* HSI +0.6 pct, CEI +1.4 pct; CSI300 +3.8 pct,
* Bank, property rises on macro outlook, policy news
* China air pollution boosts energy and health care
* Li & Fung falls 15 pct on weak earnings
By Gabriel Wildau
SHANGHAI, Jan 14 (Reuters) - Property and financial shares led gains in Hong Kong and mainland China markets on Monday following stronger-than-expected Chinese trade data last week and a preliminary report of strong earnings growth at a mid-sized lender.
China’s blue-chip CSI300 gained 3.8 percent after at one point hitting its highest level since June, while the Shanghai Composite Index rose 3.1 percent and closed above the psychologically important 2,300 level at 2,312 points.
Hong Kong’s Hang Seng Index closed 0.7 percent higher, despite a 15 percent tumble in global exporter Li & Fung Ltd after a profit warning. The China Enterprise Index of top Chinese firms listed in Hong Kong outperformed, rising 1.4 percent after touching its highest level since August 2011.
China trade data on Thursday showed exports rose 14 percent in December year-on-year, far above expectations of 4 percent. That raised investor hopes that demand from the U.S. and Europe will support China’s economic recovery this year.
“The strong export data makes people think the worst of the European recession is already past,” said Chen Yi, equity analyst at Xiangcai Securities in Shanghai.
Financial stocks were also buoyed by a preliminary earnings statement released by Industrial Bank after the market close on Friday, showing net profit rose 36 percent in 2012, far above expectations. That raised hopes that other lenders will also report strong earnings.
Banking shares gained strongly in both Hong Kong and Shanghai, with HSBC climbing 1 percent. Insurer China Life was up 2.9 percent in Hong Kong and 5.0 percent in Shanghai, and ICBC was up 0.9 percent in Hong Kong and 2.1 percent in Shanghai.
“Banking stocks are seen as quite strong as investors put bets on the sector on hopes of good growth in earnings on the improving economic environment, in particular tracking a solid gain in the Shanghai market,” said Alfred Chan, chief dealer at Cheer Pearl Investment.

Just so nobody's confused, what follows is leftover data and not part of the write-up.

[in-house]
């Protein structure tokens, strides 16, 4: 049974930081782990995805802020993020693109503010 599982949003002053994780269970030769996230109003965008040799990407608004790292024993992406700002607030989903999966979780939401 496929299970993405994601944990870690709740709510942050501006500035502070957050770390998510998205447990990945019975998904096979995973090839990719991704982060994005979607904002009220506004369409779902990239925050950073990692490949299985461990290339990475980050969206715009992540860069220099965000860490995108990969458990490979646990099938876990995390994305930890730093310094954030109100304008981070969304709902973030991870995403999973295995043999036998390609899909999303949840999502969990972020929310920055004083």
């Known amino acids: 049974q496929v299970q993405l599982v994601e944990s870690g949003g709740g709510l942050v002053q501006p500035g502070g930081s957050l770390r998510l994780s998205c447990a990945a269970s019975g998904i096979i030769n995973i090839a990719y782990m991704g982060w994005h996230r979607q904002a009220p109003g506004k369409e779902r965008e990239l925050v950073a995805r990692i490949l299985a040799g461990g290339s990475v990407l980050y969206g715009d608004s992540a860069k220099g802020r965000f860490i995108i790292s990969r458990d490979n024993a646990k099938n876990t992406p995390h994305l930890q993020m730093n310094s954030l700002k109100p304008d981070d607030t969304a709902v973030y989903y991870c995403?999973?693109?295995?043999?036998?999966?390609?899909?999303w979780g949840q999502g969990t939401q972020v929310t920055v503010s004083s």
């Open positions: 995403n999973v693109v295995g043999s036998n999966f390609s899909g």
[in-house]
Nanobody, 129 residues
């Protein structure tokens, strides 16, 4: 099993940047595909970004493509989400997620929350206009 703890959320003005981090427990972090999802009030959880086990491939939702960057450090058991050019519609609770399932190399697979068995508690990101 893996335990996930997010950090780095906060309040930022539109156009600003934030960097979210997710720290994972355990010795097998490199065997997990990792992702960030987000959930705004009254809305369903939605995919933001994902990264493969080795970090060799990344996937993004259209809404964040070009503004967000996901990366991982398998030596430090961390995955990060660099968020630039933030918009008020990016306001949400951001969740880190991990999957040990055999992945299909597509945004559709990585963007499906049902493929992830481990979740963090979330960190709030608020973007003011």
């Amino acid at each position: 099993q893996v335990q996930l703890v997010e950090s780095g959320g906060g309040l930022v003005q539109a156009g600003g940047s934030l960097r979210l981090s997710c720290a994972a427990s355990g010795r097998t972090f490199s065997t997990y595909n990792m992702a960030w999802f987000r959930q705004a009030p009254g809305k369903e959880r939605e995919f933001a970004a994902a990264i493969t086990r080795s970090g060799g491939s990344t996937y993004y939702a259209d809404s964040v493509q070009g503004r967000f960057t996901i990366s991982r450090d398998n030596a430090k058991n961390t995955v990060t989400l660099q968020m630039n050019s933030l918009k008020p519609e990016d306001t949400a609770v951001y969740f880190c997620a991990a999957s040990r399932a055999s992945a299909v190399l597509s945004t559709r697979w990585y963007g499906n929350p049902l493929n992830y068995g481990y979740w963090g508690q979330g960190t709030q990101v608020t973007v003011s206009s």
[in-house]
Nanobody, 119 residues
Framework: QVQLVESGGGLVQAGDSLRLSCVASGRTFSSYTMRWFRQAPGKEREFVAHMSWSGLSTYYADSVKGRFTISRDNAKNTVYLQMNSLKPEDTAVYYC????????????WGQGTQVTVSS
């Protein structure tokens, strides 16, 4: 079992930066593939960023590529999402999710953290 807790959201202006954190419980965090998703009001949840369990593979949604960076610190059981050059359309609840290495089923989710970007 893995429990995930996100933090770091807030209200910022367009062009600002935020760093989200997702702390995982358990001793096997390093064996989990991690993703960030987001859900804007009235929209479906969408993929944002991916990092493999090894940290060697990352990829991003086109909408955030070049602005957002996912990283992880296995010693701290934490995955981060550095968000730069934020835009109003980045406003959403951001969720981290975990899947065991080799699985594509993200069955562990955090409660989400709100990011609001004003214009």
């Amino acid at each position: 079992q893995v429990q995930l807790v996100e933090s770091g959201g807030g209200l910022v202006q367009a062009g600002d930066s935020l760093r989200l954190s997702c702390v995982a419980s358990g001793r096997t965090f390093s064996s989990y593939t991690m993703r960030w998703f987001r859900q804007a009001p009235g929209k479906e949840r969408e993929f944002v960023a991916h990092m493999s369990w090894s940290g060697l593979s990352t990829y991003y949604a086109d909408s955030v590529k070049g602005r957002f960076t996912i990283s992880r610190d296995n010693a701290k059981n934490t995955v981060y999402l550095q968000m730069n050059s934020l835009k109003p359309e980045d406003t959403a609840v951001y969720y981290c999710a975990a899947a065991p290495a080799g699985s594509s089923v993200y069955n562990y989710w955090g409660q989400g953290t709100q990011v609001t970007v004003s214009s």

Another feature of the mainland markets were gains made by healthcare stocks and some large-cap energy stocks after air quality in Beijing dramatically worsened and the city’s pollution monitoring centre warned residents to stay indoors. Other northern Chinese cities were also affected.
The air pollution in north China over the weekend boosted energy shares, as investors bet that policies aimed at curbing pollution would lead big, listed companies to profit at the expense of smaller players that could be harder hit by new regulations.
China Shenhua Energy rose 1.3 percent, while PetroChina rose 1.7 percent.
The healthcare sub-index gained 2.8 percent as consumers are expected to look for ways to protect themselves.
The mainland property sub-index rose 3.4 percent, while financials were up 3.6 percent.
Also affecting real estate shares was comments from a senior official in China’s State Administration of Taxation, reported in mainland media, that China is likely to delay the expansion of its property tax pilot project to more cities beyond Shanghai and Chongqing.
The Ministry of Land Resources said it would continue to ensure sufficient land supply to prevent against big rises in land prices that could feed through to home prices. That boosted real estate shares by easing investor fears that spiraling land costs would hit developers’ bottom line.
Comments by China’s securities regulator that authorities could increase the size of the quotas through which foreign investors can access the market by 10 times also boosted sentiment, though the comments did not include a timeline for any such increase.
Despite a strong tone in the main index, companies that posted profit warnings were under heavy pressure.
Global supply chain manager Li & Fung tumbled to its lowest level in three months after it warned of a steep drop in core operating profit, taking investors by surprise and triggering concern over its ability to reach a three-year earnings target.
China’s largest polysilicon and wafer maker, GCL-Poly Energy Holdings Ltd, fell 4.3 percent after the company announced that it expected to record a substantial loss in 2012 due to anti-dumping and countervailing duties imposed by the U.S., and impairment and provisions against inventory and production facilities.
Shares of Citic Telecom International Holdings Ltd surged 13 percent after striking a $1.2 billion deal to gain control of a Macau telecommunications company from Cable & Wireless Communications Plc and Portugal Telecom SGPS SA .